Anime lovers and pop culture fiends alike often find themselves wondering whether you can learn Japanese from anime.
Is it possible to learn Japanese from anime?
The good news is, it’s possible! You can absolutely use anime to boost your Japanese studies, to a degree.
While it’d be unwise and difficult to attempt to learn Japanese entirely from anime, there’s no reason you can’t leverage a love of anime to help you learn Japanese if you’re smart about it.
Here’s the deal: You’ll need a great Japanese course to get you started. You need to learn to read and write, after all, and you’ll want a guide to Japanese grammar. But even as a beginner, you can incorporate anime into your learning process – and this article will tell you how.
But first, let’s talk about the nay-sayers
You’ll find plenty of people on the internet that will tell you not to learn Japanese from anime – and there are some good reasons for that.
For example, anime frequently uses made-up words and excessively informal language and behaviour. You need to learn the right Japanese honorifics for the right conversation, and anime can’t really help there.
See, Japanese culture puts a heavy emphasis on politeness, so if you try to learn how to converse in Japanese exclusively from anime, there’s a good chance you’ll end up acting and sounding like a rude, semi-nonsensical sixth grader.
But that doesn’t mean you can’t include watching anime in your studies, especially if it makes you happy! As a beginner, watching anime can help you remember some of the basics, like the words for ‘yes’ and ‘no’, ‘left’ and ‘right,’ not to mention essential nouns and verbs. Just take what you watch with a pinch of salt.
Think of it like trying to learn English by exclusively watching the Fast and the Furious series. You can include it in your studies, but Fast 5 alone won’t help you order a meal or greet your new boss effectively.
To that end, we recommend including other Japanese media in your studies, like modern radio and reality TV, news, talk shows, and cooking shows – things where you can hear how real people use the language and behave. Take note of what overlaps and what differs. It’s actually a really fun way to learn!
With that important bit of info out of the way, here are our 7 top tips to use Japanese anime to learn Japanese.
7 tips on how to learn Japanese whilst watching anime
1. Practise active listening
When you’re enjoying watching anime, learning might naturally come second. However, if you want to use anime to learn Japanese, you’ll need to make it a priority. Pay close attention to the Japanese language used while you’re watching and try to pick up on words you know, vocabulary you haven’t heard before, and overall grammar patterns that can help you reinforce what you’re learning.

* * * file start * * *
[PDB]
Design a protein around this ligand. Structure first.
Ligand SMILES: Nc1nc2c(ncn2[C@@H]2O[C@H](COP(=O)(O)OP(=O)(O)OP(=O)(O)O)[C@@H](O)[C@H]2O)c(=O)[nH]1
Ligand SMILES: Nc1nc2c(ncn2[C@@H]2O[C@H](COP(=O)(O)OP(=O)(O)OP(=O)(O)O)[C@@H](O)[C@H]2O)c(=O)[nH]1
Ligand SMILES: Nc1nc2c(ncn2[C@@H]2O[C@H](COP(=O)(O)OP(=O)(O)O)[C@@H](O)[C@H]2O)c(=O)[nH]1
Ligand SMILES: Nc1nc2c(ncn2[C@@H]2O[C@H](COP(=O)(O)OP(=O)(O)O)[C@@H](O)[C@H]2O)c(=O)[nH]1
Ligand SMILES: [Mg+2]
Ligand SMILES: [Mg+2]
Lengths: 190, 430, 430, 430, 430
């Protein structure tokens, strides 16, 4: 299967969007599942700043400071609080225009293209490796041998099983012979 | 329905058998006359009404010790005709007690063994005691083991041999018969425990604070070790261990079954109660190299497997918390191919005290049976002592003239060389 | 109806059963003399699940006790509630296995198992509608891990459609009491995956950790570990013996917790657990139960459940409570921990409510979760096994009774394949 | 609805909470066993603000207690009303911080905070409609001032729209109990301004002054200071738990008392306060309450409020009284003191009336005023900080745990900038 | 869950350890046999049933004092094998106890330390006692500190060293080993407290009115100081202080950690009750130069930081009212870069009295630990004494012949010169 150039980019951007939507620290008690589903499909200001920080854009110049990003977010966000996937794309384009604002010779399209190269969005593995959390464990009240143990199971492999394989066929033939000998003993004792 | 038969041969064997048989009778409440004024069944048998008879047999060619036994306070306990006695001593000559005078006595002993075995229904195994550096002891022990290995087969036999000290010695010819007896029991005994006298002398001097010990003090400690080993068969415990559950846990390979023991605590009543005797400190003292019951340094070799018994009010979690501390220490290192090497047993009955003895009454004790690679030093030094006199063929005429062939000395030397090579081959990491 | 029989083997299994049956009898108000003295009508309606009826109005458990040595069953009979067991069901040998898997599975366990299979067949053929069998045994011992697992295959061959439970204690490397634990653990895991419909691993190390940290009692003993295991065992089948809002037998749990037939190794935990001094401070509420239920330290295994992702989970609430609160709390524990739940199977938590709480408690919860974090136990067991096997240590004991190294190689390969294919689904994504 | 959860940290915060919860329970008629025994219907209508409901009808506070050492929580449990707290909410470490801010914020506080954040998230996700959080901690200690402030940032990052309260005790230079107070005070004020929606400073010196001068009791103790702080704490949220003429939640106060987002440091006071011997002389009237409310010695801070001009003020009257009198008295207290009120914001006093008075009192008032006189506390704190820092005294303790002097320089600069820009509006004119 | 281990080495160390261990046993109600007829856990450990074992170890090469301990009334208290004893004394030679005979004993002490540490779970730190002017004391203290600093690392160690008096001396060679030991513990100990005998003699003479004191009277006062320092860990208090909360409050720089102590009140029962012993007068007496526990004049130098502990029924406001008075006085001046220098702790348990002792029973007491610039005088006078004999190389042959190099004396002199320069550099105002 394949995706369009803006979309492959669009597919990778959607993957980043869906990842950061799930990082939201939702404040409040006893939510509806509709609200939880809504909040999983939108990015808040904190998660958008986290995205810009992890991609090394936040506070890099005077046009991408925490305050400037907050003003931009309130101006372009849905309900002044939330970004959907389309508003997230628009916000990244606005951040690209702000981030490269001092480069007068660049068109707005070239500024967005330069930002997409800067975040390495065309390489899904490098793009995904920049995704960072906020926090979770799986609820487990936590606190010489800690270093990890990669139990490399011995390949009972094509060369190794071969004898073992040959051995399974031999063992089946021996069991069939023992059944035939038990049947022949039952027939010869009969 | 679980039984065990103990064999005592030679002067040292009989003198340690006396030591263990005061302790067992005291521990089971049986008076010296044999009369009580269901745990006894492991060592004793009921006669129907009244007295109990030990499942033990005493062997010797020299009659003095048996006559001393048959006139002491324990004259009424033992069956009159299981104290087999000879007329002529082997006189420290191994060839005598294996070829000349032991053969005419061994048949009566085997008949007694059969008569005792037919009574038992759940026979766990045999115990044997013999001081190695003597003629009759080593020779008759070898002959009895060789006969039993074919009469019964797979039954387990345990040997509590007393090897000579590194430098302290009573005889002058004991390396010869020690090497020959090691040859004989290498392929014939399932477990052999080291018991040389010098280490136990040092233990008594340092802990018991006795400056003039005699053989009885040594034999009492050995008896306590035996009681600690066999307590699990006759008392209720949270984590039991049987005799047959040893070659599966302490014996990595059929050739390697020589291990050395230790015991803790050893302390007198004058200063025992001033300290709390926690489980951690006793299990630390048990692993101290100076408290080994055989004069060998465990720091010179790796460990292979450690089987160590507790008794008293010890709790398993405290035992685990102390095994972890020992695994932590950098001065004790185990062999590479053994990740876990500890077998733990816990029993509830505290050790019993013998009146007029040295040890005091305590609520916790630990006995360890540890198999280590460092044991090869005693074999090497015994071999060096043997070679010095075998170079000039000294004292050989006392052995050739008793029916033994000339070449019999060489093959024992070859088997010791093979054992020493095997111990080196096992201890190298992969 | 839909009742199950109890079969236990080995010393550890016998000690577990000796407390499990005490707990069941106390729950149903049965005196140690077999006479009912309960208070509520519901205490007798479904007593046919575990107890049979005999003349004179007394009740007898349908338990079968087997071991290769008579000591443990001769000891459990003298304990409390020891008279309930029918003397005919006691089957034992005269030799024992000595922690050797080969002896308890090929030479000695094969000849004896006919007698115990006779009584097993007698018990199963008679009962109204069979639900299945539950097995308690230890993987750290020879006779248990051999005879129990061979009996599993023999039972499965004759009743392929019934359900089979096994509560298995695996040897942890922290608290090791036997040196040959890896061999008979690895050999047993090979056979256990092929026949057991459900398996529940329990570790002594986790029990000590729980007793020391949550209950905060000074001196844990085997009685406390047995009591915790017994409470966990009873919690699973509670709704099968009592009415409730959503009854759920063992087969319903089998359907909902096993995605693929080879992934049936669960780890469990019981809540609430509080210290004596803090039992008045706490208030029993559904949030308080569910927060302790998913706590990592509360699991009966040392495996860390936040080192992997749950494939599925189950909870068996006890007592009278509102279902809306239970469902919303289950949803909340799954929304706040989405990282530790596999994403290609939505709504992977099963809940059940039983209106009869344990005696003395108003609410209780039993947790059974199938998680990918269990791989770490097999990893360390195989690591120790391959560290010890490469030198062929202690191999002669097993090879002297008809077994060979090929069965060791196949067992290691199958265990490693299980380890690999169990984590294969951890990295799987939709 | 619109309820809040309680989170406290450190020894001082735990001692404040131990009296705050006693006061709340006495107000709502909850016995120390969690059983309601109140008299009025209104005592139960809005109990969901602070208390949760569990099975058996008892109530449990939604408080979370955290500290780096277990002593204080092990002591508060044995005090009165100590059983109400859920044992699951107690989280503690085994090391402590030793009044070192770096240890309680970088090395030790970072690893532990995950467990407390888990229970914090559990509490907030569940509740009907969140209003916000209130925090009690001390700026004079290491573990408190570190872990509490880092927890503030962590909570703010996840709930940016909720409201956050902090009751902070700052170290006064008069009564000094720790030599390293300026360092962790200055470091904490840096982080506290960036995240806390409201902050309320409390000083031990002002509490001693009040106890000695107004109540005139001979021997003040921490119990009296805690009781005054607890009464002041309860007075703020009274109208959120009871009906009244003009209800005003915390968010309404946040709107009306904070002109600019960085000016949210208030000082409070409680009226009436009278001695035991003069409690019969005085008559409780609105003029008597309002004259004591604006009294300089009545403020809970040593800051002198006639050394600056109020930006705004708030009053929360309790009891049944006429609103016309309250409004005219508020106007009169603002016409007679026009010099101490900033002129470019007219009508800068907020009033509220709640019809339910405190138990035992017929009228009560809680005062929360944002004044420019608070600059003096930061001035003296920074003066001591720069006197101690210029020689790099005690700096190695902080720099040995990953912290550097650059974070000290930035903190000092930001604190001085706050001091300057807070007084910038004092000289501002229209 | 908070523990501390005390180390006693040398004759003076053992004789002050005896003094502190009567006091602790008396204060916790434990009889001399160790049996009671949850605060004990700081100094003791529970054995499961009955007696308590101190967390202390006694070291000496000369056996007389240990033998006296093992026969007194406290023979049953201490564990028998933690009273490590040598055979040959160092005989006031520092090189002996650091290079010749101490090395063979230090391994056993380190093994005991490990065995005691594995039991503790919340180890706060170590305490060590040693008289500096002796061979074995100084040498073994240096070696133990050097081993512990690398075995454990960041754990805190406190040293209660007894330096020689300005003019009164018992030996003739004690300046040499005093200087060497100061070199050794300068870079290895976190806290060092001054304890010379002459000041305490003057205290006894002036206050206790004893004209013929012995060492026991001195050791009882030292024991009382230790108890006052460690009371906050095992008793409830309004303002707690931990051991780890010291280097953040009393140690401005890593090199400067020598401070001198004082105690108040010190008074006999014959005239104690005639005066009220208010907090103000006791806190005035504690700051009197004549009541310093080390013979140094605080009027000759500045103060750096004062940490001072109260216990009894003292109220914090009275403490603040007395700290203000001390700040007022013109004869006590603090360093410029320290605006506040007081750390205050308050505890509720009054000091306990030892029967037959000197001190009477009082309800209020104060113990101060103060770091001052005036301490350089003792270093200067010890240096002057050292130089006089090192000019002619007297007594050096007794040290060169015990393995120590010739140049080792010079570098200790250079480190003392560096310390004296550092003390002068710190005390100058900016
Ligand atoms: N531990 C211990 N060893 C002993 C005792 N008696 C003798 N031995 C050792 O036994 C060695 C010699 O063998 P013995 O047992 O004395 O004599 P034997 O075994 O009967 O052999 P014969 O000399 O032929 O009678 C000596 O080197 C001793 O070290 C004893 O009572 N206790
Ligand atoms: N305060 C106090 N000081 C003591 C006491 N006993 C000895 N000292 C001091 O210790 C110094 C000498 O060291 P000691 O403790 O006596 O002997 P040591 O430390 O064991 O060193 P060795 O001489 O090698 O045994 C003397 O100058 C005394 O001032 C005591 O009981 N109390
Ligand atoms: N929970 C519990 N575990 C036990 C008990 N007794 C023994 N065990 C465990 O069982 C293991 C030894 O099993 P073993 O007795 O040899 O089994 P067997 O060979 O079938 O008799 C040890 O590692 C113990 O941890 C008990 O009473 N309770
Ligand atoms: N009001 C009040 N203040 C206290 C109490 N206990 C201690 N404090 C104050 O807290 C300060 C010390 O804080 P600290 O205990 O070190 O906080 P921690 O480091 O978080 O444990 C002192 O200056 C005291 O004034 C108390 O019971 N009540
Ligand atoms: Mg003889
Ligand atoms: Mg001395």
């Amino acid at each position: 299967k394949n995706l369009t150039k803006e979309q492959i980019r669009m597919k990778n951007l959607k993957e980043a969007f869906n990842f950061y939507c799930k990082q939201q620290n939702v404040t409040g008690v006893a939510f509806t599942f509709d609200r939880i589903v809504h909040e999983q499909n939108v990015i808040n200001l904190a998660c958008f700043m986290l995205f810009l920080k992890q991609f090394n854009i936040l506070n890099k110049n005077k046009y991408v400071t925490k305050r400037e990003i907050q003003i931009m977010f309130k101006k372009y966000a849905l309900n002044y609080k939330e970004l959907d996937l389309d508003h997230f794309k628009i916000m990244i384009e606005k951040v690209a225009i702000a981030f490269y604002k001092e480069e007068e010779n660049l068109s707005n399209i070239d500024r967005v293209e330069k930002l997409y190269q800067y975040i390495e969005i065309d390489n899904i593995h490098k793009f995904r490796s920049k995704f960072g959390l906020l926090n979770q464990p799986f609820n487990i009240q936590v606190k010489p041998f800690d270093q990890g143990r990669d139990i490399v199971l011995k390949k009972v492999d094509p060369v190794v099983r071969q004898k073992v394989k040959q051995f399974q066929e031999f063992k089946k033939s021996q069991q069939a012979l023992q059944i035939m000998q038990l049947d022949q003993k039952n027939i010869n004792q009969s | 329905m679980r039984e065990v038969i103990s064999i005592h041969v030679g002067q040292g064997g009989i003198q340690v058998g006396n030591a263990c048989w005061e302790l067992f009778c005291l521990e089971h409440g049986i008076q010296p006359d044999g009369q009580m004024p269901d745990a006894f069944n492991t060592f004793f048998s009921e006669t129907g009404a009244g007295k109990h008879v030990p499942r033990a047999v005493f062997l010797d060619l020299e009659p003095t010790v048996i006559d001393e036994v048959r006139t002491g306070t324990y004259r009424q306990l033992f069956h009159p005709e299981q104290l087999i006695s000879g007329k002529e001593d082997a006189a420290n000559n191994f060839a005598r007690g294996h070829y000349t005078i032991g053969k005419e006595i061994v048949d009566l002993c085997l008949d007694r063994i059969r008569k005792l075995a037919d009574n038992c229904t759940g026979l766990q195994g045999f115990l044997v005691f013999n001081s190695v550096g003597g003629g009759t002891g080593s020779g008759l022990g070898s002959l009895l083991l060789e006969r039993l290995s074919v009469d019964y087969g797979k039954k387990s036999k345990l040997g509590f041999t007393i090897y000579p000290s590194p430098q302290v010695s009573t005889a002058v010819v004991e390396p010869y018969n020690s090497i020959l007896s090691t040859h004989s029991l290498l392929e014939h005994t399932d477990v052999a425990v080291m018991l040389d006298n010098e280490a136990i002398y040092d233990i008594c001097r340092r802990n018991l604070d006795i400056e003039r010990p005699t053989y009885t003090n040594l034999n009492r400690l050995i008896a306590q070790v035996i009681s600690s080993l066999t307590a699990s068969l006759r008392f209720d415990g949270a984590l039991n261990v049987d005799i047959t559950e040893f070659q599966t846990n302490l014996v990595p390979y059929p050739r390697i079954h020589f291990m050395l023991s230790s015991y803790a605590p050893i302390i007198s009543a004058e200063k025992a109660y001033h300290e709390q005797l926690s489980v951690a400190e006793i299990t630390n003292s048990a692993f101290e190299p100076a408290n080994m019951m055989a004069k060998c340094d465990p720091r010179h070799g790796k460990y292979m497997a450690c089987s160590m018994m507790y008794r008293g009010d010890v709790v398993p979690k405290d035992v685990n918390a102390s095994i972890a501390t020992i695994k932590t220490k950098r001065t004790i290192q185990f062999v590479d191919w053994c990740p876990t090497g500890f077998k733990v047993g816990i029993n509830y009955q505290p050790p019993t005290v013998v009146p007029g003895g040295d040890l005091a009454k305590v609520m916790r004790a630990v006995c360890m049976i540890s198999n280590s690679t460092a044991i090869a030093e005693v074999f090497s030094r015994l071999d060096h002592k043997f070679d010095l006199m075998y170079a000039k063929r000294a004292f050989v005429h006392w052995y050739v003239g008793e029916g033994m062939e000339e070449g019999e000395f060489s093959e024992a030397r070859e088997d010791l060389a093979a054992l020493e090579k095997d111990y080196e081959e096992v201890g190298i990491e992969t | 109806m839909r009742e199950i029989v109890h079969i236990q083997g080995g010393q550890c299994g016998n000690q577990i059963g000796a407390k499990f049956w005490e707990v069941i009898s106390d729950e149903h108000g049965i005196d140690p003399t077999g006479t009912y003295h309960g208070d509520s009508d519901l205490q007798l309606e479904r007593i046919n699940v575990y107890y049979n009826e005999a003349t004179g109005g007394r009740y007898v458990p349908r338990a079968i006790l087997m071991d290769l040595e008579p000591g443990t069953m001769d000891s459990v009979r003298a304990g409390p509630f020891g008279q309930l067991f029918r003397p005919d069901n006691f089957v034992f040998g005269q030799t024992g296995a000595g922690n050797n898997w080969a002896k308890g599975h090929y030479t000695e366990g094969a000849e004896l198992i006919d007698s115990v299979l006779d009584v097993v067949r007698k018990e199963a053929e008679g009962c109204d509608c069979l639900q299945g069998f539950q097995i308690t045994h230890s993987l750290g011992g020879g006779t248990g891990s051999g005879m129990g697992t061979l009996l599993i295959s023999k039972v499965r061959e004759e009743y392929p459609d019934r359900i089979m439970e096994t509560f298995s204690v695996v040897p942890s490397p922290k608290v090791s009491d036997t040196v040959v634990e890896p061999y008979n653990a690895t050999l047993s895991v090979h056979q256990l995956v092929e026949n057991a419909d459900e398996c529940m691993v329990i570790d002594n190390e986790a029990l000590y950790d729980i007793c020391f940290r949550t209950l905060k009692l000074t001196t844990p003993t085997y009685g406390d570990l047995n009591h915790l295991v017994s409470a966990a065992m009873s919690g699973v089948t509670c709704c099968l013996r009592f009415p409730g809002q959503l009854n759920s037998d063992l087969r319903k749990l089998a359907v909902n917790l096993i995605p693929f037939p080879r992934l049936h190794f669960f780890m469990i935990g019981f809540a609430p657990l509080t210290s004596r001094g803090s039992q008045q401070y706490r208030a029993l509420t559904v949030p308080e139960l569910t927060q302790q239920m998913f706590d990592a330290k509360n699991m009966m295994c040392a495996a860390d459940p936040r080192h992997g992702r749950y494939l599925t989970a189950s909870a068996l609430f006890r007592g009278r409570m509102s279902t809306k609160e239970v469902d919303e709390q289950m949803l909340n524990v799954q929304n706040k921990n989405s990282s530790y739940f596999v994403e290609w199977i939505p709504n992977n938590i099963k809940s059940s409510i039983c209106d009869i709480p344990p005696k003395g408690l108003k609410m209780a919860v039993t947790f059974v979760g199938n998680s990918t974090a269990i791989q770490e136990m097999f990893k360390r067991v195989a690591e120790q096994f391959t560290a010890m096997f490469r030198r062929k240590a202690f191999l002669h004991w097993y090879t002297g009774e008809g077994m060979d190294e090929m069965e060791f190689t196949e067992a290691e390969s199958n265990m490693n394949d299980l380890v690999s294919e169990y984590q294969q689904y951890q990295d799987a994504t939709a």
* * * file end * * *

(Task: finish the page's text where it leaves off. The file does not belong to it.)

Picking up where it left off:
2. Use re-watching to your advantage
One of the best ways to use anime to supplement your Japanese learning is to rewatch the same content multiple times. While it might not be as fun as bingeing a new series, it’s a nice change of pace from exercises and grammar tips. Try turning subtitles on and off (going between subtitles in both English and Japanese, for best results!) and looking up phrases you don’t recognise. Start to pick apart each piece of language until you can, over time, understand the whole thing.
That sound too tricky? No worries – simply choose an episode or movie to make your barometer for growth. Come back to it once every month or two as you learn and notice what new words or exchanges you understand with each new viewing. Still good!
3. Choose your content wisely
If you’re using anime to help boost your Japanese language skills, you’ll want to make sure you know exactly what you’re reinforcing. Be deliberate in your choice of what to watch. Don’t stick to one genre or time period – try to mix things up, and include series set in the real world, in the modern day. Pay attention to how the language changes and what vocabulary repeats – or doesn’t.
That’s not to say you can’t watch more fantastical shows like Hunter x Hunter or Dragon Ball Z, but if you’re trying to learn, you should include shows like Ouran High School Host Club, K-On!!, or Your Lie in April in the mix. These popular shows use fairly simple, modern Japanese and more real-world vocabulary.
4. Keep an eye out for Japanese writing
One fun thing you can do as a beginning Japanese learner, regardless of the genre of your favourite show, is keep an eye out for the Japanese characters you’ve learned.
It’s common to see hiragana, katakana, and kanji (the three Japanese writing systems) in use even in shows set in futuristic spaceships and magical kingdoms. For example, Naruto often eats at a shop that says ラーメン on the awning, and if you’ve started learning your Japanese alphabets, you’ll know that says ramen. Yum.